Alonzo Fyfe came up with Desire Utilitarianism, aka Desirism, the theory of ethics I currently defend. Though Fyfe spent over a decade studying ethics at university, he has never published in a peer-reviewed philosophy journal.
This, for me, is the most frustrating and suspicious feature of desirism: there are literally no professional journal articles that explain or defend it. There’s just a popular-level book, a bunch of blog posts, and my own very incomplete F.A.Q.
In fact, I think it’s quite legitimate for people to simply dismiss the ethical theory I defend, saying “Yeah, whatever, come back to me when you’ve got some peer-reviewed articles on it.”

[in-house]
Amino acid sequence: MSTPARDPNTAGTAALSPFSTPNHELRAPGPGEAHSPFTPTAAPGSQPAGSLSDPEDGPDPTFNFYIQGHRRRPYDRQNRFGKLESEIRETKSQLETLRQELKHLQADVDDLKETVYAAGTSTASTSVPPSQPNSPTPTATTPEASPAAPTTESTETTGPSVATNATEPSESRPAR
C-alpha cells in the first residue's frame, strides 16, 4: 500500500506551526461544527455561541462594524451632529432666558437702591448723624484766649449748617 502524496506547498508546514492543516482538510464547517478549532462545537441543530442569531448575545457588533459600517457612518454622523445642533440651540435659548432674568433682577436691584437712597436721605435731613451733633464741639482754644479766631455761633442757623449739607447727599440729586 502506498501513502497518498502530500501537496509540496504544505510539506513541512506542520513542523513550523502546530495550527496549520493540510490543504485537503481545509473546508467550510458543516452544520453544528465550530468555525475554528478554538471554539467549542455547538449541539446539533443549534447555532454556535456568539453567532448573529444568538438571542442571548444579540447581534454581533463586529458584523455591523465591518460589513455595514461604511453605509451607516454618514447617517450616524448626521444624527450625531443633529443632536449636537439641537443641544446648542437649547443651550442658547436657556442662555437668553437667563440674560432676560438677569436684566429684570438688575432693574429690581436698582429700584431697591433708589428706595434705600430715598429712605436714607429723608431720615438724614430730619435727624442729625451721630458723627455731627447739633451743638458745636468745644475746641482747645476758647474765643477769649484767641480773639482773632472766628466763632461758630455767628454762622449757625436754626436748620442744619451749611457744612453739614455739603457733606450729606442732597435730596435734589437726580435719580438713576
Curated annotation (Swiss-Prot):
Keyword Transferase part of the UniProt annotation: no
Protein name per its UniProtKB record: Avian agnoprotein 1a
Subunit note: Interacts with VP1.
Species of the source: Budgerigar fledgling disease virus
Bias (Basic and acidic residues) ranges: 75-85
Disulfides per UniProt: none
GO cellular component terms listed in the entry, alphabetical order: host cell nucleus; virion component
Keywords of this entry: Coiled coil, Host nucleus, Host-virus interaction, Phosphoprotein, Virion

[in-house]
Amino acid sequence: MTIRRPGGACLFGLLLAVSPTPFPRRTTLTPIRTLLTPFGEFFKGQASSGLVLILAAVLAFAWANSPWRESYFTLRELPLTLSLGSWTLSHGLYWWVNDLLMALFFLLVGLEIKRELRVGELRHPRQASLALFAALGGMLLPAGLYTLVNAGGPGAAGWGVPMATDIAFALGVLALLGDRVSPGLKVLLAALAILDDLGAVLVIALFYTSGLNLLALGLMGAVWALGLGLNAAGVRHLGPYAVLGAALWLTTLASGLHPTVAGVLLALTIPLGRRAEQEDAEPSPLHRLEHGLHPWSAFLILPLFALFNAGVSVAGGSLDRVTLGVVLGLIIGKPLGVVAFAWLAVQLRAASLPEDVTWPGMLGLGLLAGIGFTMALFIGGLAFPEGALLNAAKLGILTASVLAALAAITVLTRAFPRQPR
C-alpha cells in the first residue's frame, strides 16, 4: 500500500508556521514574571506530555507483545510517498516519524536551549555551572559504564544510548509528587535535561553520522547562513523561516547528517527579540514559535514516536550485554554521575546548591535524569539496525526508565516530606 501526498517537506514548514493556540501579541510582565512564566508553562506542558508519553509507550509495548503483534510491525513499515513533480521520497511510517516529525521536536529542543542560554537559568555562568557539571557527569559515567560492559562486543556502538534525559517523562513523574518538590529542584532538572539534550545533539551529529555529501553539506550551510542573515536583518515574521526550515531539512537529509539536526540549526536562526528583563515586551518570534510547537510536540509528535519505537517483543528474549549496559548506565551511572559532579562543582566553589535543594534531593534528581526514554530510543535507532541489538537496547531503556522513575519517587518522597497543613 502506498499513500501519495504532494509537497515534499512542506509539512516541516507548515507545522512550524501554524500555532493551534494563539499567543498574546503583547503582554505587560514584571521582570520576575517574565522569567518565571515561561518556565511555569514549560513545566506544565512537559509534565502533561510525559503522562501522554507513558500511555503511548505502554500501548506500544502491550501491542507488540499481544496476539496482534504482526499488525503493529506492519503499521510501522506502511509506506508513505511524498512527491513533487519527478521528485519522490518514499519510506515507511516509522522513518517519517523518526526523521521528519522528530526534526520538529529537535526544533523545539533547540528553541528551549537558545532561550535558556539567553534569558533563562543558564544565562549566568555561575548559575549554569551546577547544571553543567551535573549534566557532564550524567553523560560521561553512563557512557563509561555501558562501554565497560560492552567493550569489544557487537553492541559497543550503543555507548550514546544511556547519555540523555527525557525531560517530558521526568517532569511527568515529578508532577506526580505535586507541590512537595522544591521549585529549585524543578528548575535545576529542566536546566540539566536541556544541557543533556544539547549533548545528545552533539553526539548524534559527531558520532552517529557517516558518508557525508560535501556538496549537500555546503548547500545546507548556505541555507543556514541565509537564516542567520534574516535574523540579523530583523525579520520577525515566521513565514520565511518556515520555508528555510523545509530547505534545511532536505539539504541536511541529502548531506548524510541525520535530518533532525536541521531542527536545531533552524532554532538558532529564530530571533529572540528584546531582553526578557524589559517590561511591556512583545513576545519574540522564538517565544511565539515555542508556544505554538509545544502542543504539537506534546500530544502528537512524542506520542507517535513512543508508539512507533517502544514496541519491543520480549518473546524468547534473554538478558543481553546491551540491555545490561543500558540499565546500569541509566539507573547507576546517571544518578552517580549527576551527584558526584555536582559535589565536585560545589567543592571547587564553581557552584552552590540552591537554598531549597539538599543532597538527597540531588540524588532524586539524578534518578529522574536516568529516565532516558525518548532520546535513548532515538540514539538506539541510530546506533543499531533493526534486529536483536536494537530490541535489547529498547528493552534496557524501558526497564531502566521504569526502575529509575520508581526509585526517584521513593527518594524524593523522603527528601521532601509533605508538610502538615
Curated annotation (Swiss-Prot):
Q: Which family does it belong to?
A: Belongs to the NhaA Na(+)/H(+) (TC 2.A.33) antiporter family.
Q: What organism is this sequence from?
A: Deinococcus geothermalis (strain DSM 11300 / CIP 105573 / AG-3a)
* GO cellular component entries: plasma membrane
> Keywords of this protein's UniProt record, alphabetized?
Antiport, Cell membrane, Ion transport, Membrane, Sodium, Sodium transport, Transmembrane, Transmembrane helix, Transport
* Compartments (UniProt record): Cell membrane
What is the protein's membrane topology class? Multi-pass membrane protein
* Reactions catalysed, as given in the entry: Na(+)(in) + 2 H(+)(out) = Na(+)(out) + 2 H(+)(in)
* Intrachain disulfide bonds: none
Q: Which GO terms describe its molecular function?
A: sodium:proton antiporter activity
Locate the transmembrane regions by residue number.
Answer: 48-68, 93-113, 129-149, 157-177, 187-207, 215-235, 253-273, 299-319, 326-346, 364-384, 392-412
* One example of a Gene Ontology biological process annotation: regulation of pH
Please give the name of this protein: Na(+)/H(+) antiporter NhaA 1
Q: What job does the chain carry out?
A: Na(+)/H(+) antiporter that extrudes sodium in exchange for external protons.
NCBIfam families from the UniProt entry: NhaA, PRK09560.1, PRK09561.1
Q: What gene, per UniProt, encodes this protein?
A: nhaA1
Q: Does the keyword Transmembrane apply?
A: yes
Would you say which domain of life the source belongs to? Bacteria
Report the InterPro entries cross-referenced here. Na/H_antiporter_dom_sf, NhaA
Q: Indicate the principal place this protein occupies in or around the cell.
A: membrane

Still, Fyfe does occasionally engage contemporary ethics literature. (Actually, almost all of his writing is in the context of contemporary ethics literature, but he rarely cites the philosophers with whom he agrees and disagrees.)
So here it is: my index of Fyfe’s articles that actually cite the work of a professional philosopher:
- Citing Michael Smith: Smith on Parfit part 1, 2, 3, 4, 5, 6, 7, 8, 8b, 9, 10, 11, 12, 13, 14, 15.
- Citing Peter Railton: Peter Railton, Beliefs, and Values; The Fully Informed Agent.
- Citing Paul Thagard: Desires and Ordinary Language; Morality and the Neurocomputational Model of Decision Making.
- Citing Richard Carrier: see here.
- Citing Chris Heathwood: see Hedonism, Desire Satisfaction, and a Good Life, Unstable Desires, Ill-Informed Desires, Irrational Desires, Intrinsically vs. Relationally Good Lives, The Value of Truth.